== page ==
HealthDay News — Twenty-eight days of aspirin is non-inferior to and as safe as dalteparin, a low-molecular-weight heparin, for preventing venous thromboembolism (VTE) after total hip arthroplasty, study findings show.
David R. Anderson, MD, of Capital Health in Halifax, Canada, and colleagues randomly assigned 786 patients who had elective unilateral total hip arthroplasty followed by 10 days of dalteparin prophylaxis to receive 28 days of extended prophylaxis with either dalteparin (400 patients) or aspirin (386 patients).
Patients were enrolled from 12 tertiary care orthopedic referral centers in Canada and underwent the procedure between 2007 and 2010. Findings were published in Annals of Internal Medicine.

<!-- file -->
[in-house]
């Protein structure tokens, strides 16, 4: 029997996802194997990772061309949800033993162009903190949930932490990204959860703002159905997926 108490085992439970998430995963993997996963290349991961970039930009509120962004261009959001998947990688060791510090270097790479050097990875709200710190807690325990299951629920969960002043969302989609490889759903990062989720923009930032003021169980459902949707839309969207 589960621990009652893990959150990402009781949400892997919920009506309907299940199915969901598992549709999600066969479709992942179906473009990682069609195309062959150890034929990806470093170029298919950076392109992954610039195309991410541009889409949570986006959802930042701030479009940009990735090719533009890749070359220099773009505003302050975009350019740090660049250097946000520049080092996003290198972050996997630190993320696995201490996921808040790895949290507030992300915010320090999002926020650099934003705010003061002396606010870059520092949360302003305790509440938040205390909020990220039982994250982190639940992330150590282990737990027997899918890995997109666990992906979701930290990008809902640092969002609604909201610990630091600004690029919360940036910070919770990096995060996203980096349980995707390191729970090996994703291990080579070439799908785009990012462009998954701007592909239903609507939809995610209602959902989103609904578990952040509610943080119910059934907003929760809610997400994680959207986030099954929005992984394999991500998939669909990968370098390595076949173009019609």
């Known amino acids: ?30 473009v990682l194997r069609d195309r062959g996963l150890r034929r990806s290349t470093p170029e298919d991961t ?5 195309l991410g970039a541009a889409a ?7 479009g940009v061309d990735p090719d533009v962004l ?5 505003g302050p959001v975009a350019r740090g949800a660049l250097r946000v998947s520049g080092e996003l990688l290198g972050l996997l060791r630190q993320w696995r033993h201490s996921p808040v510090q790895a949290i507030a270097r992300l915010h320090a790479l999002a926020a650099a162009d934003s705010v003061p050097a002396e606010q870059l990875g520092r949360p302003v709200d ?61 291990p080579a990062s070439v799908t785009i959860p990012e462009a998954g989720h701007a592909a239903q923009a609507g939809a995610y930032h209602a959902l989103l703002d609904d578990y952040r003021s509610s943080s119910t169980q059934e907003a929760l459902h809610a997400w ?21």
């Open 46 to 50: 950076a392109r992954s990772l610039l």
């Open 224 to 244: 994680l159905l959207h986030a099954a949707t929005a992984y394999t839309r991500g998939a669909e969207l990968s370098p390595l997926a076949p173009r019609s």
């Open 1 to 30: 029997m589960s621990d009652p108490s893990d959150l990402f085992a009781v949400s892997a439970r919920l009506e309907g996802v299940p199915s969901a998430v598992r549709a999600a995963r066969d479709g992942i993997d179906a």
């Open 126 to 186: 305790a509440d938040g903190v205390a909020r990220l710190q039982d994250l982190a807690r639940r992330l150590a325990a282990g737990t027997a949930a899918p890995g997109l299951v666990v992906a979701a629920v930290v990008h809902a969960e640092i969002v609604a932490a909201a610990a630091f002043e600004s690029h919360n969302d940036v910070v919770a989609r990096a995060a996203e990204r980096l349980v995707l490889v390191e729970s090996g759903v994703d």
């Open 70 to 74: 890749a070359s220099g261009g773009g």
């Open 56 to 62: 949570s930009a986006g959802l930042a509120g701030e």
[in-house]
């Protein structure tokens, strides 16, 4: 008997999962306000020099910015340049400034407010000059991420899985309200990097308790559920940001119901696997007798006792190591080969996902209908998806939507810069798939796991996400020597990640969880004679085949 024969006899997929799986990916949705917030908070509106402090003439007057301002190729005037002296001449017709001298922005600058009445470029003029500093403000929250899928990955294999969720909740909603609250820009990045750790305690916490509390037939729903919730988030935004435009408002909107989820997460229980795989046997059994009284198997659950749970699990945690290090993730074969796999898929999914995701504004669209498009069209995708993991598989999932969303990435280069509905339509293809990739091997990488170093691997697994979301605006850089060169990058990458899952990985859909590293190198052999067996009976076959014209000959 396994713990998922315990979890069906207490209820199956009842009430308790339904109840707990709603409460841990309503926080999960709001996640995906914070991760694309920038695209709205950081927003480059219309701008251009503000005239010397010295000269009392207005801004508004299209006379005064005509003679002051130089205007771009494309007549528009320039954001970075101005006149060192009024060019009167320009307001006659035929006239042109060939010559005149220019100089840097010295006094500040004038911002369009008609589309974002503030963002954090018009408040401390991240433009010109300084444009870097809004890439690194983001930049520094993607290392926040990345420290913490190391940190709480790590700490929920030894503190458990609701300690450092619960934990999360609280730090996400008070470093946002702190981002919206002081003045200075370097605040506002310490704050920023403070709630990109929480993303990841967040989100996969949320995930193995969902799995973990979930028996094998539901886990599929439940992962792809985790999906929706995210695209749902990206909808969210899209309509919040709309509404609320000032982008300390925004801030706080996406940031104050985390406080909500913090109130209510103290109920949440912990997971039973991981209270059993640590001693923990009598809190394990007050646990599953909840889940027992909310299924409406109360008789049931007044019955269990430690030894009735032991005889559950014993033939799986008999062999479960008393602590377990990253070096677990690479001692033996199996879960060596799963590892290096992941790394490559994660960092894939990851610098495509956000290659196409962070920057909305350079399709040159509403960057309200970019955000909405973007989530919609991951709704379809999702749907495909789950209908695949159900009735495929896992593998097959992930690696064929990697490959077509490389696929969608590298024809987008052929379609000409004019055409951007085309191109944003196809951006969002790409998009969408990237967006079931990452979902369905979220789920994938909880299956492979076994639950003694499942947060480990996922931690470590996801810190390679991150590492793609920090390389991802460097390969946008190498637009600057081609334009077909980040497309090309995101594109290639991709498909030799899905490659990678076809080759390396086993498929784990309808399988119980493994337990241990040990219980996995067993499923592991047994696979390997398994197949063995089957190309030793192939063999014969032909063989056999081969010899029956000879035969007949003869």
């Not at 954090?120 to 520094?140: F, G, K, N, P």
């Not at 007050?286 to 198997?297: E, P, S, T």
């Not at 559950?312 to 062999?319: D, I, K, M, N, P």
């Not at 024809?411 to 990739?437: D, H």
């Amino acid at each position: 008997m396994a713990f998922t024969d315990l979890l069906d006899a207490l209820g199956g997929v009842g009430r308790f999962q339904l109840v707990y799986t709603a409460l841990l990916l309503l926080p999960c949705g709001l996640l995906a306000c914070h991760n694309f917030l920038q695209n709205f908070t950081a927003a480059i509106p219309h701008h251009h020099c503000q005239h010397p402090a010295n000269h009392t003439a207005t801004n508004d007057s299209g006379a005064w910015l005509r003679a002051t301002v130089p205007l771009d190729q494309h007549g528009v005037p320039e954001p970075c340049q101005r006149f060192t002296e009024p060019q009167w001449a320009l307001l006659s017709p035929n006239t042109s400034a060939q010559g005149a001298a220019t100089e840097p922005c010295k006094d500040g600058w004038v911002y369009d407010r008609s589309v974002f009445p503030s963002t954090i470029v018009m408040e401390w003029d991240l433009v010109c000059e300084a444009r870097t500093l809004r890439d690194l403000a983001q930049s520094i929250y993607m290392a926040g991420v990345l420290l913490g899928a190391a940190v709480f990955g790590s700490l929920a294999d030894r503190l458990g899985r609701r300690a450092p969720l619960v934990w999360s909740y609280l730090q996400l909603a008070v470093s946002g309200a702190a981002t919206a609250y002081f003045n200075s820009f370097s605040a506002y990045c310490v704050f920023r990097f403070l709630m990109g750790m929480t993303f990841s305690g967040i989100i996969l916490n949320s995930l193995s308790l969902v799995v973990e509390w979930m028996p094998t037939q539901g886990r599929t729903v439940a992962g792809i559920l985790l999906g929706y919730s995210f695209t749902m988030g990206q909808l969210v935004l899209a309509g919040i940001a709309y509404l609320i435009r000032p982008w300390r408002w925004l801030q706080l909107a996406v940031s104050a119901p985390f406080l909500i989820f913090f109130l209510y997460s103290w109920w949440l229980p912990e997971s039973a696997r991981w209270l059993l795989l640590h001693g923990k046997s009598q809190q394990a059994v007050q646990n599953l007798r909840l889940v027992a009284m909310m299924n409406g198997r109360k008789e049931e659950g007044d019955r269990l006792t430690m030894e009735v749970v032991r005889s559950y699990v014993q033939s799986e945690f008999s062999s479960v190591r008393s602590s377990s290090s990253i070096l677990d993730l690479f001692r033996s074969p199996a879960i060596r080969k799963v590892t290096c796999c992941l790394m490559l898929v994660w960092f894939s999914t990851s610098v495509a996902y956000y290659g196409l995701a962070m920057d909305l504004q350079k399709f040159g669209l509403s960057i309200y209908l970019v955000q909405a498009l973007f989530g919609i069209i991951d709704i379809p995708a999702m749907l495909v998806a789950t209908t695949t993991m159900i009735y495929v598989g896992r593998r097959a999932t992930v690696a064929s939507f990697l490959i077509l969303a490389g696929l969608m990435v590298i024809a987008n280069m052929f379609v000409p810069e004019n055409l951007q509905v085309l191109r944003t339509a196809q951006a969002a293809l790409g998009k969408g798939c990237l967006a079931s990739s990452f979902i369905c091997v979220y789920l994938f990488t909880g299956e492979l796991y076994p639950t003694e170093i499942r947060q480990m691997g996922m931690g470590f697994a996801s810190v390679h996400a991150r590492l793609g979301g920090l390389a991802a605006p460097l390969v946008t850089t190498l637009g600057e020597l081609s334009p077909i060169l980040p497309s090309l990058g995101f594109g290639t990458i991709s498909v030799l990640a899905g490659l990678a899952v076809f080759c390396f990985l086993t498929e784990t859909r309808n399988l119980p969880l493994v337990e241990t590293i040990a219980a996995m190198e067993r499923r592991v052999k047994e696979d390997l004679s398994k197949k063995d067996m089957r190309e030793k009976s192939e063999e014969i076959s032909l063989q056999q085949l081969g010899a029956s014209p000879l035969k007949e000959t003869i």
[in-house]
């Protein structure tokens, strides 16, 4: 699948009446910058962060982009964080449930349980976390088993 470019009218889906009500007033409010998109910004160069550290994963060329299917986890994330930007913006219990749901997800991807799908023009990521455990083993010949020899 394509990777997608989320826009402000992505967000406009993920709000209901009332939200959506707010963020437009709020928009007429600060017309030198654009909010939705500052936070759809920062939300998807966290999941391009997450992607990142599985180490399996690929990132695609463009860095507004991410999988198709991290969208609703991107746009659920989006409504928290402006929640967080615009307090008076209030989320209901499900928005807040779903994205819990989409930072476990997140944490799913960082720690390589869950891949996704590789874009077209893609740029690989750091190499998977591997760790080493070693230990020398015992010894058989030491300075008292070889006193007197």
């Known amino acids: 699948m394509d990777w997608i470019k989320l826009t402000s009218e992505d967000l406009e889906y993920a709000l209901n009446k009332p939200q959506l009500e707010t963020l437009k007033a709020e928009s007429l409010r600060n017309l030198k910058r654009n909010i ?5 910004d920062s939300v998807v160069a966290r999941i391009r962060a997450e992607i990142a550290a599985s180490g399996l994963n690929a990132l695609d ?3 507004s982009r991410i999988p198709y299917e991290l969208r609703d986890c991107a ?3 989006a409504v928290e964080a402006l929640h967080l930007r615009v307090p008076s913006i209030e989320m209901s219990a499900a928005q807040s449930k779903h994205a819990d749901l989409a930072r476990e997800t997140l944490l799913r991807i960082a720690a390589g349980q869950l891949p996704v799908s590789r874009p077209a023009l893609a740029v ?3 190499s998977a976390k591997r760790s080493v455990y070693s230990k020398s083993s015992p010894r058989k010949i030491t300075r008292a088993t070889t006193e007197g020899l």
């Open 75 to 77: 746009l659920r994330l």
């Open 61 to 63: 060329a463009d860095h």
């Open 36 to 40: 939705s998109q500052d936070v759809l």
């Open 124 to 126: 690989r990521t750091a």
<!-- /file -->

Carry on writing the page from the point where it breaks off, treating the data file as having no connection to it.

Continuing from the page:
VTE occured in 1.3% of patients receiving dalteparin and 0.3% of patients receiving aspirin. Aspirin therapy was non-inferior (P<0.001), but not superior (P=0.22), to dalteparin therapy for VTE prophylaxis, the researchers found.
There was no significant difference between the groups in bleeding episodes. Because of slow enrollment, the study was terminated prematurely.
“In summary, our study suggests that aspirin is an effective, safe, convenient and inexpensive alternative to low-molecular-weight heparin for extended thromboprophylaxis after total hip arthroplasty,” the researchers wrote.